Plane & Pilot
Thursday, July 1, 2004

Cockpit Career Update Part 3: The Future Of Pilot Careers

Last month, we covered the technological changes occurring in the industry today. In this final installment of our three-part series, we’ll discuss what you can expect in years to come.

No one has the luxury of peering into a crystal ball, especially when it comes to predicting the future of the aviation industry. Technological developments continue to change the face of aviation, and the result of this progress is anyone’s guess. There are, however, certain factors that help foretell what may happen to this ever evolving industry." />

Several experts also anticipate low operating costs with this air-taxi concept, which will make them compete with full-fare airline tickets. Eclipse, for example, projects a low 69-cents-per-sm operating cost for its Eclipse 500 micro-jet. And its initial price tag of about $1 million makes it more cost-effective.

Plus, technological advances included in these micro-jets will provide future air-taxi companies with lower overheads. Avio, the total aircraft integration system that will be used exclusively in the Eclipse 500, will provide its pilots with easier engine management and avionics operation and automation. It will be much easier to handle, in fact, that the micro-jet will be certified for single-pilot operation, which means that air-taxi companies need only pay for one pilot, instead of two.

So what does this mean for future pilot hiring? There will be fewer passengers for each flight, which means more flights, translating to an increased demand for professional pilots.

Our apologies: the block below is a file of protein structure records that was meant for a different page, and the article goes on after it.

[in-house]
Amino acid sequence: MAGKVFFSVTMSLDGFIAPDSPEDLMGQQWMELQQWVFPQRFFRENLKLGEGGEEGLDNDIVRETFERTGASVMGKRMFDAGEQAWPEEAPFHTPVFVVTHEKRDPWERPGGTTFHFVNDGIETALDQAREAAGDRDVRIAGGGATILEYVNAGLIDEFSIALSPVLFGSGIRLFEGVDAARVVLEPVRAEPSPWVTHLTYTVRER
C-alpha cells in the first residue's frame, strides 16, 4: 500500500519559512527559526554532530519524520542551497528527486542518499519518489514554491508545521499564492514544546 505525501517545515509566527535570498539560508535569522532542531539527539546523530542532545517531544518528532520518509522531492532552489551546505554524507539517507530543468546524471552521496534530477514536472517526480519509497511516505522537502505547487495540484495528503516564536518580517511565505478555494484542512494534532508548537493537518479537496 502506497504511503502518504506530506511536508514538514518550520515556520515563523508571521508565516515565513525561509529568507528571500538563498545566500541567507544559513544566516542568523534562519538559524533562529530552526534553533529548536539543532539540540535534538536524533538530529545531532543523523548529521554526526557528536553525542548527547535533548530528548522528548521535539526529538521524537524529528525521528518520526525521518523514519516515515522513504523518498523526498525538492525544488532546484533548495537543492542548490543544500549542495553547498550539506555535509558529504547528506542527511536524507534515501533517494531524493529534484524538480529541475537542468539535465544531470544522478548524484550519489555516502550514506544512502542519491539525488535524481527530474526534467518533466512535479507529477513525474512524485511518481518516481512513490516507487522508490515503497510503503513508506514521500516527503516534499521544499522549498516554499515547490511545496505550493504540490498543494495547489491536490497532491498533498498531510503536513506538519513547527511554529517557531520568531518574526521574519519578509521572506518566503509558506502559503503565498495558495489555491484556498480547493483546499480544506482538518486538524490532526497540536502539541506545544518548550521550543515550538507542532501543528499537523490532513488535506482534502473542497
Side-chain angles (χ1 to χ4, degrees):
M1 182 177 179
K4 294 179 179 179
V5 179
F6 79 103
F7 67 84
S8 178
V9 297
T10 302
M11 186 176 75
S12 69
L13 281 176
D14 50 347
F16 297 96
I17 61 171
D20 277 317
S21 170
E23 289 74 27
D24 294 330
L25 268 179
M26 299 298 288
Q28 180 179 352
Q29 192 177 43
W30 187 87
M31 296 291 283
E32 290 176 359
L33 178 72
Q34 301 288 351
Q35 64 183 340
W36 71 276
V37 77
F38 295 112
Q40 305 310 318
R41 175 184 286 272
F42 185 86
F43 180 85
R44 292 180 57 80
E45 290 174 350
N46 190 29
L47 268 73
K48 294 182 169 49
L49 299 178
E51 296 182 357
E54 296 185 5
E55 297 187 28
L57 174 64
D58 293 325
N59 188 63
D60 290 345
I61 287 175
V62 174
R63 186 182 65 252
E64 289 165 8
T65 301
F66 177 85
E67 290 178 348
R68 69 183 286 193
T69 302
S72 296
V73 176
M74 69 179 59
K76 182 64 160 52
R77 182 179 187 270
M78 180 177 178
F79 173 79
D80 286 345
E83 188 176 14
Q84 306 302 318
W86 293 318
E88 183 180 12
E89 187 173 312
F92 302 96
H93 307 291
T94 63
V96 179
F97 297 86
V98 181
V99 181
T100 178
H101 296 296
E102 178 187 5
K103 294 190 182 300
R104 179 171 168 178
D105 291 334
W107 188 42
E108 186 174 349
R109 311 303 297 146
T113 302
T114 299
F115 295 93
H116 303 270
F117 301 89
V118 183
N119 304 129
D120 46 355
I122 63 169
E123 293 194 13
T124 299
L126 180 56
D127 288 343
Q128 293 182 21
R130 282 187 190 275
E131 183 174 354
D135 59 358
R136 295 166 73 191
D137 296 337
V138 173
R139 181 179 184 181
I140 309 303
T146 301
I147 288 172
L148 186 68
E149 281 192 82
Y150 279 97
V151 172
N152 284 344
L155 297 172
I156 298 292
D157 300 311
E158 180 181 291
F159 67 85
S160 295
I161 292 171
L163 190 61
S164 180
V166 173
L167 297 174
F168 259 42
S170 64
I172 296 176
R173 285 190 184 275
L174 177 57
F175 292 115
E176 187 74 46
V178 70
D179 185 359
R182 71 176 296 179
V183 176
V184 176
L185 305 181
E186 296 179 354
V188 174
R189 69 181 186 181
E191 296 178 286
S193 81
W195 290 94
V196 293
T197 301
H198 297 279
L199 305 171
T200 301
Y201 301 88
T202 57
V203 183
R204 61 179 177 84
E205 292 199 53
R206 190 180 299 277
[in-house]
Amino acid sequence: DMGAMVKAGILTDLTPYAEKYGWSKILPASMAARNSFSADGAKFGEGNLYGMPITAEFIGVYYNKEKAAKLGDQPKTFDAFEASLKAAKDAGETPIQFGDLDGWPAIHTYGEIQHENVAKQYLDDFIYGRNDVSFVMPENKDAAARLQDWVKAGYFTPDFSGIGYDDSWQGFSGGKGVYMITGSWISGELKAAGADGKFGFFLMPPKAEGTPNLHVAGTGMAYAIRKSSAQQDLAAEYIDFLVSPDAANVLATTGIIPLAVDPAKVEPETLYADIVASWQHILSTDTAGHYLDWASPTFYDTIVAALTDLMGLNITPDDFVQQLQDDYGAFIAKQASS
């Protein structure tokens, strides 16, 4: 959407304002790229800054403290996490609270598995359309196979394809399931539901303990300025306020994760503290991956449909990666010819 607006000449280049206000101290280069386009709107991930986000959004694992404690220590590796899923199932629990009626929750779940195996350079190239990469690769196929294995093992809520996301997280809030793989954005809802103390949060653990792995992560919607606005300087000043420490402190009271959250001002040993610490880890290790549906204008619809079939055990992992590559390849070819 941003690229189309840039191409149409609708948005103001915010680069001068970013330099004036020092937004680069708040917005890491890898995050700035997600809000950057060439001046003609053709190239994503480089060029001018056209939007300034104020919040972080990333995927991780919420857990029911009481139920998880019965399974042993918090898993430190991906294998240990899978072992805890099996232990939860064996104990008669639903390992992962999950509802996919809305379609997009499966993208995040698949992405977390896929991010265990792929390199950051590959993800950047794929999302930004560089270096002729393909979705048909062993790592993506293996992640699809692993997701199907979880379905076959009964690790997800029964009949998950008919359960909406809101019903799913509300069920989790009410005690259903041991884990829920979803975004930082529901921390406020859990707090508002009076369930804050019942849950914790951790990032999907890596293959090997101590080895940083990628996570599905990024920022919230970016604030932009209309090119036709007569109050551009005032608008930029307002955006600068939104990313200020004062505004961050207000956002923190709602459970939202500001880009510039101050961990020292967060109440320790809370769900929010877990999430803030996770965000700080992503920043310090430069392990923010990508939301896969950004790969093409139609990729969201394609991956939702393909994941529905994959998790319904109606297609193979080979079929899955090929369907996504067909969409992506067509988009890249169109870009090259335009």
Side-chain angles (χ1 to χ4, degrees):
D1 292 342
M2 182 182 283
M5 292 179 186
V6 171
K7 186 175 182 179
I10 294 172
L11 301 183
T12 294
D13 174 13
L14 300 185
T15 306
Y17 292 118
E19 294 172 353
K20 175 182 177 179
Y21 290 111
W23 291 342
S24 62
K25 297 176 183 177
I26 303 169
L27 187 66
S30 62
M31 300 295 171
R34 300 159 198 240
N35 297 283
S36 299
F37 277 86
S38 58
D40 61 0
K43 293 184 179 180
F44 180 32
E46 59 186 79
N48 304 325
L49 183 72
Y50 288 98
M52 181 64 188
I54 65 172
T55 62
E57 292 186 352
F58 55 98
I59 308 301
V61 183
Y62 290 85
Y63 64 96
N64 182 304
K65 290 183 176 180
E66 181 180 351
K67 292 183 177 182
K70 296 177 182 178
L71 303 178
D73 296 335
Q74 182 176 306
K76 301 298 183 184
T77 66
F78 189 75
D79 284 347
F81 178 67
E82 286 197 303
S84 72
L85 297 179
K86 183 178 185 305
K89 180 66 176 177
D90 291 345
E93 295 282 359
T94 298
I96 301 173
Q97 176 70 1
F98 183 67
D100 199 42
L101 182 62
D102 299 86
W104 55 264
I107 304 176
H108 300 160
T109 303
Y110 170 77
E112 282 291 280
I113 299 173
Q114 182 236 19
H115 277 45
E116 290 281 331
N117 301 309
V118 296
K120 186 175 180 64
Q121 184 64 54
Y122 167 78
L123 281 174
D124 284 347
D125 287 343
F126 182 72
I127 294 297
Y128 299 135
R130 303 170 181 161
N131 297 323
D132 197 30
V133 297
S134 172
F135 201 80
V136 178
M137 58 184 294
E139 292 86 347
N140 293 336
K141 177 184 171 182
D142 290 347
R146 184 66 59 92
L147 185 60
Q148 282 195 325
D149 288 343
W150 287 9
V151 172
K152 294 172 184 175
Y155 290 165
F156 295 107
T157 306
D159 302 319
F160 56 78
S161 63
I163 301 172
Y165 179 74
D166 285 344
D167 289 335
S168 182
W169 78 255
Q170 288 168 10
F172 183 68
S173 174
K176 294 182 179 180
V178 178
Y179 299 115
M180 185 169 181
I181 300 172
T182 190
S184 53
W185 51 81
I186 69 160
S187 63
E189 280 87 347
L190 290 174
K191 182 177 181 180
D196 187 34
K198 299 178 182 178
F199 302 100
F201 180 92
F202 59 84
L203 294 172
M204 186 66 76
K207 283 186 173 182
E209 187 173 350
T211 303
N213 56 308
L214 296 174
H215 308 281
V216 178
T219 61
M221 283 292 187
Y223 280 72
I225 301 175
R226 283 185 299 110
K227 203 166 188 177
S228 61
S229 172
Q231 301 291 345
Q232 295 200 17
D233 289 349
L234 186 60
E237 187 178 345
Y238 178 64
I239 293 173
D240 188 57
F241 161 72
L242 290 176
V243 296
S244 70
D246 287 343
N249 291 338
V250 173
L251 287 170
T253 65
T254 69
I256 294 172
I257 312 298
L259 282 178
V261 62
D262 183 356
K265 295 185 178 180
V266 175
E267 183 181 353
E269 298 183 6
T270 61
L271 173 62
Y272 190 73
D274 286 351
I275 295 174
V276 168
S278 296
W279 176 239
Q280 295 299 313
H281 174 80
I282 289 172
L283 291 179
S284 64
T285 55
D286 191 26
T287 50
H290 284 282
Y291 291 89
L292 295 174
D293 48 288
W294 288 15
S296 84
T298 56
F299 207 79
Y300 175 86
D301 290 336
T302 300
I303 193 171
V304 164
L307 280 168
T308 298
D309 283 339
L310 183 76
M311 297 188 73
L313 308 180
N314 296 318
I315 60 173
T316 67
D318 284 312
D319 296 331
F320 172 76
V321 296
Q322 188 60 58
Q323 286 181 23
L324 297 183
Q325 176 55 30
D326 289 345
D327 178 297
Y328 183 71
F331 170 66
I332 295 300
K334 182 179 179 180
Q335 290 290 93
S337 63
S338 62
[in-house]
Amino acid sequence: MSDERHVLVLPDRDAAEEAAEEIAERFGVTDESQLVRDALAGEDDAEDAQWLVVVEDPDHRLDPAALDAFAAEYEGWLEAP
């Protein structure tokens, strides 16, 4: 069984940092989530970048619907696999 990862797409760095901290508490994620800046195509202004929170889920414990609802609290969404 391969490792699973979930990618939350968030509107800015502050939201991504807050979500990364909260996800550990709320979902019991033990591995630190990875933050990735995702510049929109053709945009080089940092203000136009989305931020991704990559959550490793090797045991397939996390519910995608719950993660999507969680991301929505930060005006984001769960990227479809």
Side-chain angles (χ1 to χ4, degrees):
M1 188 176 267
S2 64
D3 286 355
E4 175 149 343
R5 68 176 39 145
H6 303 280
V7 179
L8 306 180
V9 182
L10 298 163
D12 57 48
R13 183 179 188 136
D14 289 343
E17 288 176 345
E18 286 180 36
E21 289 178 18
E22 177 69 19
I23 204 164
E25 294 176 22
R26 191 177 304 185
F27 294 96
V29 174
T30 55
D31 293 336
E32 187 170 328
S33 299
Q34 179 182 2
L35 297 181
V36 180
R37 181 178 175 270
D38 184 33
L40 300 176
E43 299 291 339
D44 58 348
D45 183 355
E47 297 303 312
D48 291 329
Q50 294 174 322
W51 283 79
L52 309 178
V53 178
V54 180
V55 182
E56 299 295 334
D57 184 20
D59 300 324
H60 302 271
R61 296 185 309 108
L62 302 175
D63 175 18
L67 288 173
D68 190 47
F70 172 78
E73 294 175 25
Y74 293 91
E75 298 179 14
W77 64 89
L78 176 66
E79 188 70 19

“We’ve sold 2,100 aircraft so far. So from a pilot standpoint, Eclipse thinks that the future couldn’t be brighter,” explains McConnell. Groundbreaking training programs are also finding their way to the future. Eclipse, for instance, will include a digital prep course on disc and on the Internet of its pre-type-rating training to allow pilots to gain a basic understanding of its light jet.

The airlines, too, are jumping in on the bandwagon with computerized groundschools. “It’s not being used that much by the airlines yet, but I think it’s coming. New hires have to put their entire lives on hold and go to school for several weeks in a different city, so it would be nice if a portion can be done at home on their own schedule,” says Kit Darby, president of AIR, Inc.

Perhaps one of the most immediate and far-reaching change in the future of pilot training lies in the full-glass panels that will soon adorn Cessna 172s and Piper Warriors alike. Future student pilots can learn on MFDs and PFDs from the get-go, a preamble to the instruments seen on the big leagues. These new screens will mean a change not only in student training, but also instructor training of these glass panels. Both students and instructors will have to interpret numbers rolling up and down a screen, rather than read needles on a dial.

Even though this technology will look quite new and different, students will still learn the same old concepts of flight. Ted Beneigh, professor of aeronautical science at Embry-Riddle Aeronautical University, says, “The students will still have to learn the relationship between pitch, throttle and airspeed.” They just won’t be taught to read and learn the old steam gauges.

Pioneering career opportunities also are being developed for those who prefer to operate aircraft remotely from the ground. The technology for unmanned aerial vehicles (UAVs) is already here.


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